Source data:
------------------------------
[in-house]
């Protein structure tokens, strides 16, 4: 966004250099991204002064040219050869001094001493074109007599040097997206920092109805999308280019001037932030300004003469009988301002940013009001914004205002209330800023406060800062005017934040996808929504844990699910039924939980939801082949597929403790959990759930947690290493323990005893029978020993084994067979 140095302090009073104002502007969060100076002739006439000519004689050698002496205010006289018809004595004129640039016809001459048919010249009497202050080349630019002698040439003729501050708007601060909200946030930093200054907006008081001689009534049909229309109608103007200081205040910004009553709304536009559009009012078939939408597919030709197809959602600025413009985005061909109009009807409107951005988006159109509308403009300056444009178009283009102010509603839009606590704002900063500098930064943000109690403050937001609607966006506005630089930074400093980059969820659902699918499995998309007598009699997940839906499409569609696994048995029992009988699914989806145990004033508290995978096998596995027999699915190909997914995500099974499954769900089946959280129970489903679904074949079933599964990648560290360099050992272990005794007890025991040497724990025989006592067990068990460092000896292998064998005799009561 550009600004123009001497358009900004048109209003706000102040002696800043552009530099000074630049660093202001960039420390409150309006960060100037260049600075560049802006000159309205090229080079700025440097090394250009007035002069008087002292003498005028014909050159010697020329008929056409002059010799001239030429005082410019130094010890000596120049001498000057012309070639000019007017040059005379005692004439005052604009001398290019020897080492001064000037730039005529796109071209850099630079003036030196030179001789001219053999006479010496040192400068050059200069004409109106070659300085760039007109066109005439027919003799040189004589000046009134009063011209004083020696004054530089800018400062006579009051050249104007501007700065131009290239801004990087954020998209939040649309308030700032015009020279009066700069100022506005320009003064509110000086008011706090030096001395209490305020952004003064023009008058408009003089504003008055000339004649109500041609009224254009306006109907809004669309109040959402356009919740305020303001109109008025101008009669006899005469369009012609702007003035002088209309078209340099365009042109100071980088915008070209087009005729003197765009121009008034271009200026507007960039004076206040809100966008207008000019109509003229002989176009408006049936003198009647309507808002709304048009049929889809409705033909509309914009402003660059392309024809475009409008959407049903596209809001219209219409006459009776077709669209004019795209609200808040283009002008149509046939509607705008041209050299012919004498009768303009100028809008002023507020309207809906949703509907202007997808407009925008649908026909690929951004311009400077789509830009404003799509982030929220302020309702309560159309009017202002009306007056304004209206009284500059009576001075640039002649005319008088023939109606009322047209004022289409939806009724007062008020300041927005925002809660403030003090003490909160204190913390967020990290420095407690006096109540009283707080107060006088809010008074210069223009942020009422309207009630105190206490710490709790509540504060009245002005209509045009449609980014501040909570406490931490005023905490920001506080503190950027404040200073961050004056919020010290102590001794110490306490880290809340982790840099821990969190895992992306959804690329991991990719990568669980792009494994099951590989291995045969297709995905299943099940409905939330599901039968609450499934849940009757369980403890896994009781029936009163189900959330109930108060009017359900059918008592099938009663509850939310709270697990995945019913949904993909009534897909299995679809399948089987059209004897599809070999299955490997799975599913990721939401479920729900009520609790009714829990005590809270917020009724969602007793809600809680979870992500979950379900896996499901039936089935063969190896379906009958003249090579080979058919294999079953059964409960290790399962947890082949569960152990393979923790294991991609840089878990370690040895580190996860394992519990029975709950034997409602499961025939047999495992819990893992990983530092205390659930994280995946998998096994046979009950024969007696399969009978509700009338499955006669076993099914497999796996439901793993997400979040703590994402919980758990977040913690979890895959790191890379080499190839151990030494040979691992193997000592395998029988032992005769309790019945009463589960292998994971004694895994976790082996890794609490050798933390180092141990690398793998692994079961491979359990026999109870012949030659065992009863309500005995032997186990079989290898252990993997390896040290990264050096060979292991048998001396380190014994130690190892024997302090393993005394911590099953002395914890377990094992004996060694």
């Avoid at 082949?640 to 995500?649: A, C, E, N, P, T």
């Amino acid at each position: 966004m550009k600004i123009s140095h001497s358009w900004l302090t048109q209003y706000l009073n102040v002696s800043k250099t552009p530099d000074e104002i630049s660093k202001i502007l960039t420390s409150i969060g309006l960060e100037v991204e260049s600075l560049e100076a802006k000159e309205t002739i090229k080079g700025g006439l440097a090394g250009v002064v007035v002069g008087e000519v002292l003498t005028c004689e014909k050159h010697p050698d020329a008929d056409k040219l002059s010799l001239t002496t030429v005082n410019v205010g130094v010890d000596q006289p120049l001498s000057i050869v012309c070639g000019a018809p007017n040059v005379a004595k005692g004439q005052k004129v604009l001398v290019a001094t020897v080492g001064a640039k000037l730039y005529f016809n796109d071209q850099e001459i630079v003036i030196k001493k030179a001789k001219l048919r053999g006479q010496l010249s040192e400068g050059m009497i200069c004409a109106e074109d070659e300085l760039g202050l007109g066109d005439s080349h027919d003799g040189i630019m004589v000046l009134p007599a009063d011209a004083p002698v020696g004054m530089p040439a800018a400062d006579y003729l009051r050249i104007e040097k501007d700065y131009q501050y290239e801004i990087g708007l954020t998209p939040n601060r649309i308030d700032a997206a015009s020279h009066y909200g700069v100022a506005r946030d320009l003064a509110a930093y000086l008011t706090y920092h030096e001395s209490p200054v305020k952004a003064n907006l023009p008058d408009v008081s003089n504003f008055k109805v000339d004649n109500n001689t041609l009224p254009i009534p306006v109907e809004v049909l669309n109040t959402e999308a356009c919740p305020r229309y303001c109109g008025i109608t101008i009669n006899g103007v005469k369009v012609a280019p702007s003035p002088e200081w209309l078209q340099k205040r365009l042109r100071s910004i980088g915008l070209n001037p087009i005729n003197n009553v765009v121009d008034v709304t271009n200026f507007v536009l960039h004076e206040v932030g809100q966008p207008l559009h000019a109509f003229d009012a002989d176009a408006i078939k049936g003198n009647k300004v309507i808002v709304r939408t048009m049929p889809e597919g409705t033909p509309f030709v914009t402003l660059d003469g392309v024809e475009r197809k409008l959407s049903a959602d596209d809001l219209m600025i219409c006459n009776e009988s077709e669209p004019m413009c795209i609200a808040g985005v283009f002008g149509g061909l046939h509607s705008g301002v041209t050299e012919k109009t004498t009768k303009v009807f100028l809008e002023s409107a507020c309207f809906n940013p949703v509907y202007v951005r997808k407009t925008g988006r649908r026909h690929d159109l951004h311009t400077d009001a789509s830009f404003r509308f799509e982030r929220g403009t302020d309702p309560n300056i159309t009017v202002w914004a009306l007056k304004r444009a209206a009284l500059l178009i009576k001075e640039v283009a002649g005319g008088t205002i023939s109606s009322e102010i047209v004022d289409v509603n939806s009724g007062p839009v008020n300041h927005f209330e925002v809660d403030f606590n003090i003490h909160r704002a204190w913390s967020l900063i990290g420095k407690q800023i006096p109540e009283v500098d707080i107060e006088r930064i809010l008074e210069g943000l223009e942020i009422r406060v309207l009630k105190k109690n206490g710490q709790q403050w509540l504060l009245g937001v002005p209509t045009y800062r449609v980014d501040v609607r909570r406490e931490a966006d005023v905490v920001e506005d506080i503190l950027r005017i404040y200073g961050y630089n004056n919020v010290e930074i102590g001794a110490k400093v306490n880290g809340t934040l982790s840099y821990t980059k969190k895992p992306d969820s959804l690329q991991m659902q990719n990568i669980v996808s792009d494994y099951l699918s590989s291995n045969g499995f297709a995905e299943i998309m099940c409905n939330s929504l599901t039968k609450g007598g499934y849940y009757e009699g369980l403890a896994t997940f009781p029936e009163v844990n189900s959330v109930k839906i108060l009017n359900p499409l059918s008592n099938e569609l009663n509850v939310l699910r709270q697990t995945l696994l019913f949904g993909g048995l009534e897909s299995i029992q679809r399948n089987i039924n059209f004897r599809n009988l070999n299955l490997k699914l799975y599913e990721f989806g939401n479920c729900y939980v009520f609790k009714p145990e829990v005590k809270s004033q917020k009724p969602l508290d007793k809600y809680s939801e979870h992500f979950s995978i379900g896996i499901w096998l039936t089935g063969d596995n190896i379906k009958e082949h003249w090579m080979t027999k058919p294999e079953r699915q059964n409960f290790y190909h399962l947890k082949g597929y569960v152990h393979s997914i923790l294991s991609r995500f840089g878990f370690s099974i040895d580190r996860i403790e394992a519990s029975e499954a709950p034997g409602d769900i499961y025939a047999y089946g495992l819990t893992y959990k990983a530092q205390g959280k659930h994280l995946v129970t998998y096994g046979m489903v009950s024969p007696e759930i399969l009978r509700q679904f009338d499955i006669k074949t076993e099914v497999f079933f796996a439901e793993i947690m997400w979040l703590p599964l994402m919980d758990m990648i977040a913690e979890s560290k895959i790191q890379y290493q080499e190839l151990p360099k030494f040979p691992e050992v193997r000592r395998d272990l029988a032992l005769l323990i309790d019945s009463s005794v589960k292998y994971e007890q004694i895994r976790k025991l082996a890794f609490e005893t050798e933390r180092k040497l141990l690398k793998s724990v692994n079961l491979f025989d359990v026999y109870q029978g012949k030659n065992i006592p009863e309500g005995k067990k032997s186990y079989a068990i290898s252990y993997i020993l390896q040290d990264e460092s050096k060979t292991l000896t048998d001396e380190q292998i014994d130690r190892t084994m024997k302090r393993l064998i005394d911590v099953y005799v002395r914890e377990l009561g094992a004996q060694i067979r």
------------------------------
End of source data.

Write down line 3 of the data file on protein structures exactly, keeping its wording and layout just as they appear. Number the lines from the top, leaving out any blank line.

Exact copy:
């Avoid at 082949?640 to 995500?649: A, C, E, N, P, T």